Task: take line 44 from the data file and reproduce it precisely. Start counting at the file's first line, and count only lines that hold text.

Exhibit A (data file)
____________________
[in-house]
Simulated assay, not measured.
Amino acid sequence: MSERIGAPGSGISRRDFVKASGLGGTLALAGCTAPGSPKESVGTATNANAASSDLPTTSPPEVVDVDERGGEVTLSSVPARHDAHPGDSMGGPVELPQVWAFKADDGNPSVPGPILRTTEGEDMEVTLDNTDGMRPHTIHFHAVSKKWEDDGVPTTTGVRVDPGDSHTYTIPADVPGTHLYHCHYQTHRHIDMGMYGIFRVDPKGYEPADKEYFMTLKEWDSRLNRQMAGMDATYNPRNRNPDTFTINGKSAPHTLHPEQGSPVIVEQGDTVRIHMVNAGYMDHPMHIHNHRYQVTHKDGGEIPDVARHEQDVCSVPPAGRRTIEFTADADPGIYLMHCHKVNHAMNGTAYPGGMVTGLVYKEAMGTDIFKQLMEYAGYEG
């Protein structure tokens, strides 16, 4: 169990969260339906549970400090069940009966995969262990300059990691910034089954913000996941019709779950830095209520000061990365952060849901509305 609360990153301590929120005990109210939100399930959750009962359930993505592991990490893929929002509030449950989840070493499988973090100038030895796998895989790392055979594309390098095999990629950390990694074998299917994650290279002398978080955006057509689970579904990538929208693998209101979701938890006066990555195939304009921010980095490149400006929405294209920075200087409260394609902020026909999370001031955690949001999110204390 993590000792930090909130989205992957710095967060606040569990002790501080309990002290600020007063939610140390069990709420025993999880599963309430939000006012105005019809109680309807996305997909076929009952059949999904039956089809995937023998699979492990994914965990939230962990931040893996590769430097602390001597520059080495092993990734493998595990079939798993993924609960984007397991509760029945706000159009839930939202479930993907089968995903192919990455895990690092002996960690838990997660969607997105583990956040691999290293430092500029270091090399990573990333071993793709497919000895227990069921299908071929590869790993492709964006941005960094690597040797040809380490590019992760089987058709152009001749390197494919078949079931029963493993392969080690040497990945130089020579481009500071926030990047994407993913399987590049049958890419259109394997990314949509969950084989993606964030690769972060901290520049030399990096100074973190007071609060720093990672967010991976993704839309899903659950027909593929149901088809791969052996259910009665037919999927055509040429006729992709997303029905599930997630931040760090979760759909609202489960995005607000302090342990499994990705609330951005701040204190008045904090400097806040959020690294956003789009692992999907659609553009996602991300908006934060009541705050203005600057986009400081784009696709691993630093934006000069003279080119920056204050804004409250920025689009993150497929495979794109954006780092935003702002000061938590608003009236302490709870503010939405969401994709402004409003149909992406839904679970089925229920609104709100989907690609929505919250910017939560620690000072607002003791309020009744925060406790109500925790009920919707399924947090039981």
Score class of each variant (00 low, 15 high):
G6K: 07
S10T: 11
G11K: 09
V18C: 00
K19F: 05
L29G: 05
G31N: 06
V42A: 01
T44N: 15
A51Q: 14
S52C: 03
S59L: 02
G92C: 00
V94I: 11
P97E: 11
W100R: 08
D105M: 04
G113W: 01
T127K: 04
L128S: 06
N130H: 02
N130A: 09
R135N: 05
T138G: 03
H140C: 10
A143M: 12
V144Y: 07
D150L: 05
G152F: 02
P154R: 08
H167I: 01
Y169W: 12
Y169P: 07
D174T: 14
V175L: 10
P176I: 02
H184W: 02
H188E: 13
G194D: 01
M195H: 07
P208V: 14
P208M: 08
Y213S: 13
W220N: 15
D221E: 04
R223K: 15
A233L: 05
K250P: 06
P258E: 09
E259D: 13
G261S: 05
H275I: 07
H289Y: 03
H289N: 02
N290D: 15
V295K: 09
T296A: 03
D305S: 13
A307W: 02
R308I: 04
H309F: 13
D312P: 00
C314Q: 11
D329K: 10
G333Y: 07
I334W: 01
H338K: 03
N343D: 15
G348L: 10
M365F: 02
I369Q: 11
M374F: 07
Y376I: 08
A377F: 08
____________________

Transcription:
G194D: 01